Bring the definitive quotes about the furniture, you numpty. No hard quotes, no evidence. Only your assumptions and interpretation. Go back to your bridge, if you somehow still fit under there.
    Oh right. Tolkien really lays it on thick with that "heroic age" shtick, and yet you can't see how that very concept would naturally exclude things that only came along much, much later? Just because you don't know what he was on about doesn't make it wrong for me to take him at his word.

  25. #50
    Quote Originally Posted by Tirian-Hammerfist View Post
    ... I'm leaving my Eastfold House empty (although with a full yard - plenty of hooks outside) and waiting for this issue to be resolved.
    Agreed. I set my Eastfold Hills Rohan house yard up with a theater area and backyard barbeque area. Other stuff too. Very happy with that.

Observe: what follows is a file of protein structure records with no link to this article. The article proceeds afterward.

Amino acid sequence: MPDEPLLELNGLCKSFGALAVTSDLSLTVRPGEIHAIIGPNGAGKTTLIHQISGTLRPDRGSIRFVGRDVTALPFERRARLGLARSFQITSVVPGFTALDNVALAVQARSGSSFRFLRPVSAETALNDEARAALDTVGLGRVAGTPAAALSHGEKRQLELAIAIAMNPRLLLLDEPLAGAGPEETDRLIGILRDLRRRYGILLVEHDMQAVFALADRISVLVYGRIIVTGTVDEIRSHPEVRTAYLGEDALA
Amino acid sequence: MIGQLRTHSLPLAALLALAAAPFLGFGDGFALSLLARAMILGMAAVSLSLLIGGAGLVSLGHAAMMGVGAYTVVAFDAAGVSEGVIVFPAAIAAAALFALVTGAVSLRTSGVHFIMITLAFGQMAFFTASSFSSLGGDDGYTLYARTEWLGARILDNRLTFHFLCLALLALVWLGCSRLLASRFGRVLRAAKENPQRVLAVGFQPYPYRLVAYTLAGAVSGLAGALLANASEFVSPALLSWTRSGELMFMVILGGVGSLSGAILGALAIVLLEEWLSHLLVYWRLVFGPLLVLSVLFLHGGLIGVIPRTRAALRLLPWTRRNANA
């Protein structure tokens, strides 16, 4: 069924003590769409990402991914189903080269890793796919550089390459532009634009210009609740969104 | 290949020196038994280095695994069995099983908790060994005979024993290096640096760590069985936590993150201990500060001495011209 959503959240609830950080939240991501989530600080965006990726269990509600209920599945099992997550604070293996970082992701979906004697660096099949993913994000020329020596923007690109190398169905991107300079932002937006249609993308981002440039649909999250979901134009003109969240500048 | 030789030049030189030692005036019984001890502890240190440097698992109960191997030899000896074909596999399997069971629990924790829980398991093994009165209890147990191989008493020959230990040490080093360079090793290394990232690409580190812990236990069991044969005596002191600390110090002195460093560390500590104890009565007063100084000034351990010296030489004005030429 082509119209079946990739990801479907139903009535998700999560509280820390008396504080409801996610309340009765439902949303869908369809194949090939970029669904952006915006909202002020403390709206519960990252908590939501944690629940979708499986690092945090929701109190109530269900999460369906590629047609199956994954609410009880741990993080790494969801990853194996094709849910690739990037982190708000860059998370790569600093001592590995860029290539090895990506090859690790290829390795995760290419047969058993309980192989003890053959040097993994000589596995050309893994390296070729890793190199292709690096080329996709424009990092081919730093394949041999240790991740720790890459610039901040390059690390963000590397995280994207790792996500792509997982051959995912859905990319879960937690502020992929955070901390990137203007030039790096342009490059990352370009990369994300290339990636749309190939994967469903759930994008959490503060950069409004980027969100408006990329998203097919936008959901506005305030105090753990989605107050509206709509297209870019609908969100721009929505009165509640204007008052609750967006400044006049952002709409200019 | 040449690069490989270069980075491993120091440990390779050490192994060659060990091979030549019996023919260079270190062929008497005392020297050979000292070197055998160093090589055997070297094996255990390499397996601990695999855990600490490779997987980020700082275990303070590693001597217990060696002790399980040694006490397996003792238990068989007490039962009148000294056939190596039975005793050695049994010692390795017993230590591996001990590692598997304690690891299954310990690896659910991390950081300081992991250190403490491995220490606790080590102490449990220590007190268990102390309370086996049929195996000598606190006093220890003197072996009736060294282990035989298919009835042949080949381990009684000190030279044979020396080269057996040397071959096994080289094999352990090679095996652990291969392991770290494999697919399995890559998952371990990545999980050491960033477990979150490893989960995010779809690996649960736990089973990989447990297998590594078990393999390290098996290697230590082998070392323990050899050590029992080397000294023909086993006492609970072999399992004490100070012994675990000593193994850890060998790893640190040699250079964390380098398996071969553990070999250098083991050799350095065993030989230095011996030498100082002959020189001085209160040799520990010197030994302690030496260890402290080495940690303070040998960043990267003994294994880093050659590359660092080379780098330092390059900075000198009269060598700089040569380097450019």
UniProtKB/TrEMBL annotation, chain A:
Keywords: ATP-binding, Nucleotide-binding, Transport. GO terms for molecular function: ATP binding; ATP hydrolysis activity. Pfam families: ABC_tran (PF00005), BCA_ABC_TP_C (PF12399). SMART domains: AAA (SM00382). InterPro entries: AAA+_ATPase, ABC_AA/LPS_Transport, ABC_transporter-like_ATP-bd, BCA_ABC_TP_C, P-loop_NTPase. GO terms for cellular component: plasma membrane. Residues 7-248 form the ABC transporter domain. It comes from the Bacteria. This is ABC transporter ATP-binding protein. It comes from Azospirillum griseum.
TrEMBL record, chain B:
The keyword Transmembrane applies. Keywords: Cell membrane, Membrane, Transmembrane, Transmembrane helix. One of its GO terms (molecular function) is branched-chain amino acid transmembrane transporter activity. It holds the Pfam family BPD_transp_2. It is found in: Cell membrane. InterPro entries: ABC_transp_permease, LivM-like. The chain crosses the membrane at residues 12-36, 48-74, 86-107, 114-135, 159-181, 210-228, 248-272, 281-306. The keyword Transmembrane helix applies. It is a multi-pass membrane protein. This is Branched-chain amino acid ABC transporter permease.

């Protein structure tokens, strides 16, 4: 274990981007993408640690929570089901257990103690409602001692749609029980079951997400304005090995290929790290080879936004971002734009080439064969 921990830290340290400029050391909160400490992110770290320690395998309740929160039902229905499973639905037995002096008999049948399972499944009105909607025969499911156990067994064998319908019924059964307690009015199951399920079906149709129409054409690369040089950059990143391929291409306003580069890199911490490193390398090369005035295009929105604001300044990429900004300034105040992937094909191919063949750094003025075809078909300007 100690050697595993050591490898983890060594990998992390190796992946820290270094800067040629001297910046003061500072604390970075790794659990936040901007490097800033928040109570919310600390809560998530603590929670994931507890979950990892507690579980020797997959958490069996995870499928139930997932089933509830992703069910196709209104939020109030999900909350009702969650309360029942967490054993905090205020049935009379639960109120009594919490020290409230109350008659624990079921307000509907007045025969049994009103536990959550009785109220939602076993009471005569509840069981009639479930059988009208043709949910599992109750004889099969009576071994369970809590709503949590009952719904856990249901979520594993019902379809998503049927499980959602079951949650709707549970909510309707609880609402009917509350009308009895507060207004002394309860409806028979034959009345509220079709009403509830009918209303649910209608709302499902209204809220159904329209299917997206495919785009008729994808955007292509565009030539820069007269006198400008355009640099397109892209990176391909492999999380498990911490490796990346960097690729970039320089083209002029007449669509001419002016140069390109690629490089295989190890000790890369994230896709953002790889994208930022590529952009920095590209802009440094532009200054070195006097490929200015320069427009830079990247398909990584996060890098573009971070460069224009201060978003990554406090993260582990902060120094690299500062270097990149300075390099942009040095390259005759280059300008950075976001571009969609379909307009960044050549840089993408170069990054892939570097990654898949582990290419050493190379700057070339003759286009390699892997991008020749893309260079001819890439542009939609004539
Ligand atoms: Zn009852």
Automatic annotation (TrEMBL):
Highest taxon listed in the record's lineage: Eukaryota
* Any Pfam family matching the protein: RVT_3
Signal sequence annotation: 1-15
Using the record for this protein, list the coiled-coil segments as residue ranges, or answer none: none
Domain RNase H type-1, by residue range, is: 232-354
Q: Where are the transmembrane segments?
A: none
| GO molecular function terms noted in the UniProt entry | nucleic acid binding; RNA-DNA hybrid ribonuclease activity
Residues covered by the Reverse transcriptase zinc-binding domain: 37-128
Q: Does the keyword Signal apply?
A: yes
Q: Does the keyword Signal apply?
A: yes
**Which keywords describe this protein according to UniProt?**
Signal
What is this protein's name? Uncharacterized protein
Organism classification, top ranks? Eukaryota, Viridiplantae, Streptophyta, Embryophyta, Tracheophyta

And there is one room in the basement where I could set up all of my crafting equipment and bank/supplier. I don't think too much about how I manage to have an oven and forge in the basement, I imagine some vents that I can't see. It looks like the barn in the Kingstead Meadows homes could serve the same purpose.

    But the in-between part (the main house) is tough to make work with so few hooks. So empty.